Some printer and MFP manufacturers (including Kyocera) will list the noise output of their printer and MFPs. This should be based on ISO 7779 measurement and be listed in decibels. The printer and MFP manufacturer should detail both idle and printing noise output. To give you an indication of comparative noise levels, 30 decibels is about the sound of a quiet whisper from a metre away, 50 is about the noise level you might experience on a quiet street, and 70 about the volume of noise inside the cabin of an aircraft during normal cruising conditions. We dont recommend printer and MFPs that make much more noise than this. Of course, specs are one thing and reality is often another. If possible, get a demonstration of the printer and MFPs being considered for purchase and consciously note the amount of noise they make. In respect to waste and environmental health, its a good idea to investigate what the printer and MFPs and (especially) consumables are made of and disposed of. Were proud to say that Kyocera leads the way when it comes to environmentally friendly printer and MFPs. Every component of a Kyocera printer and MFP is designed with the green office in mind. Some of Kyocera's initiative include: - Long Life components. Kyocera has drums that last over 200,000 (and sometimes up to 500,000) prints. Typically, the only thing that has to be replaced on the printer and MFPs are toner cartridges, and these can be recycled. - Kyocera has implemented a manufacturing process that uses no lead in either the soldering or components. - ECOSYS toner cartridges are made of a single substance and ID coded for easy recycling. - A free waste collection service called KyoCollect. Waste toner cartridges, fuser units and other consumables will be picked up and taken away by Kyocera free of charge for businesses in metropolitan areas. These collected consumables will be recycled or disposed of by Kyocera. - Plastics that dont release toxic gasses when incinerated. - Packaging that uses no dyes and is fully recyclable. Even packaging supports are made from pulp mould. - Low ozone emissions on all Kyocera printer and MFPs.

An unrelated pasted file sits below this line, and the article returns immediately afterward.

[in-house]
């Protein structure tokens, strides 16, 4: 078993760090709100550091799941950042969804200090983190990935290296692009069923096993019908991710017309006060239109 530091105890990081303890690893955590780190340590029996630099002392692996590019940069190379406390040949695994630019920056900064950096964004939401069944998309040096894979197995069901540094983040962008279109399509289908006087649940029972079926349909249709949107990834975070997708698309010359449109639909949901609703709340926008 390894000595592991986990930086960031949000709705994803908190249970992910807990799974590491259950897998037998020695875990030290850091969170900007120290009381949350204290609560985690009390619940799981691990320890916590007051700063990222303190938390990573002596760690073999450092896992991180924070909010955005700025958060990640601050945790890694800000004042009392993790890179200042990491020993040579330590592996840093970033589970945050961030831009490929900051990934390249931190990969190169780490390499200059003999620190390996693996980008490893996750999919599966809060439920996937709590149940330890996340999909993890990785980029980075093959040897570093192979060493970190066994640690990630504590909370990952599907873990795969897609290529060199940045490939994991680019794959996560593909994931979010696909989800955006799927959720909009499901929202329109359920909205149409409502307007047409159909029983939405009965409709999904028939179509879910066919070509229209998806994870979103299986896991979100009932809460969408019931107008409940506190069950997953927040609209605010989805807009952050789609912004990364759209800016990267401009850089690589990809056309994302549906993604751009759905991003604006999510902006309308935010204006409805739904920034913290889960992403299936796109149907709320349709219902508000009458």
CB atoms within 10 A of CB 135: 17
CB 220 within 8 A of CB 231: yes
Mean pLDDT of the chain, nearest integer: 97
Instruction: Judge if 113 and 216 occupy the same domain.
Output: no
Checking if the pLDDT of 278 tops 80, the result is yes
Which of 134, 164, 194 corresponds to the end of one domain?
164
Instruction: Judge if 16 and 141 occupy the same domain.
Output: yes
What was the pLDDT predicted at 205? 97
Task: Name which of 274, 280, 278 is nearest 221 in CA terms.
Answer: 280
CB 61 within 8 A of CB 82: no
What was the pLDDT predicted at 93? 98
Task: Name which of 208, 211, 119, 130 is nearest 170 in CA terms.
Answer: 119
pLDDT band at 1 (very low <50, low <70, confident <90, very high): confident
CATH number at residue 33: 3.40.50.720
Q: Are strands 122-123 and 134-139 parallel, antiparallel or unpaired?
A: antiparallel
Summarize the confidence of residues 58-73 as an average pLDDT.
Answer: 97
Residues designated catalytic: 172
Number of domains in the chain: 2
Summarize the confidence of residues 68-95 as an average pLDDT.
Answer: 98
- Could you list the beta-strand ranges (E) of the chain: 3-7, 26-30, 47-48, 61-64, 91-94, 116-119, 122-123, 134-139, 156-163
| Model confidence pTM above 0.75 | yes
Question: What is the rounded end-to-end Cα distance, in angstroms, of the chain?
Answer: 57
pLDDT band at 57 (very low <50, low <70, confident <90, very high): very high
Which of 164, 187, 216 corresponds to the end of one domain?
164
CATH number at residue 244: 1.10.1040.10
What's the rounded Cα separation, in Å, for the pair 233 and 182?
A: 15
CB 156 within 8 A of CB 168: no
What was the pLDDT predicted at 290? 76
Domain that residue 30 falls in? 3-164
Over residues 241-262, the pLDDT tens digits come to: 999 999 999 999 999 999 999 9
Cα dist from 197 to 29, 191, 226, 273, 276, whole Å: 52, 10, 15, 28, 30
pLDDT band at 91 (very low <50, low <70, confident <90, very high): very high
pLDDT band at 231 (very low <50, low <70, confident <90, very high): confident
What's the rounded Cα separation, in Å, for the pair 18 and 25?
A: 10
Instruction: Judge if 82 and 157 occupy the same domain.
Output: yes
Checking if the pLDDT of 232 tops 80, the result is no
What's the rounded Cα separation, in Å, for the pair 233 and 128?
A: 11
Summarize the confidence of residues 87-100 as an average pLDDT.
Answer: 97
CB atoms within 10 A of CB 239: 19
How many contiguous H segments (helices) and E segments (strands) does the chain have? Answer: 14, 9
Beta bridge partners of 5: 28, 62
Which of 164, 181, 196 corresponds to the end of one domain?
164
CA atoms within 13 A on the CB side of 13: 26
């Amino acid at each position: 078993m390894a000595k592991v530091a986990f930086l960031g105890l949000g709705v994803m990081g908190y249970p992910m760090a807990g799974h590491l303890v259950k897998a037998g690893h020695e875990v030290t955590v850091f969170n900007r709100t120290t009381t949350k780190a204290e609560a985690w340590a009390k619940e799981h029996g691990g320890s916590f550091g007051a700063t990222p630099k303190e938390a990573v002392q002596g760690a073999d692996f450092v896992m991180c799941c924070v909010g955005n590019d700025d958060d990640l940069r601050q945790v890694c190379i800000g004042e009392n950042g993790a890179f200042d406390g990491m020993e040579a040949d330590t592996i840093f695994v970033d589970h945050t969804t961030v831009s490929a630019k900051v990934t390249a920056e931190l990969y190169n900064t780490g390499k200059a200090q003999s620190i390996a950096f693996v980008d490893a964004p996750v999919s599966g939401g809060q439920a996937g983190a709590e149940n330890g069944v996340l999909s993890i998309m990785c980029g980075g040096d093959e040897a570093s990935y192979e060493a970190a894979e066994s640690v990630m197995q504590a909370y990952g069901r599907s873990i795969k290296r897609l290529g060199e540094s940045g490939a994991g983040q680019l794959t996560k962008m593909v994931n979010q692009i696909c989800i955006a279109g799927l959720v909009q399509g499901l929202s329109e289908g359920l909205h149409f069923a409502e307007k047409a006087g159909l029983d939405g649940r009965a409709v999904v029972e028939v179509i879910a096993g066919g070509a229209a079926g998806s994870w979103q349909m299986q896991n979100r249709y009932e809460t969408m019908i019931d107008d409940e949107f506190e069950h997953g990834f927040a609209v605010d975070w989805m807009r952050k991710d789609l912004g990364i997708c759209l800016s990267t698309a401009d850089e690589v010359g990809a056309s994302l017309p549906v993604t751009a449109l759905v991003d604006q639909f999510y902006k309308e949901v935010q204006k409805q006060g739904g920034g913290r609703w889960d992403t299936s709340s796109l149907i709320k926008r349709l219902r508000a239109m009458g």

Laser Printer & MFP Total Cost of Ownership, Service and the Environment - white paper by Nathan Taylor - IT Technical writer.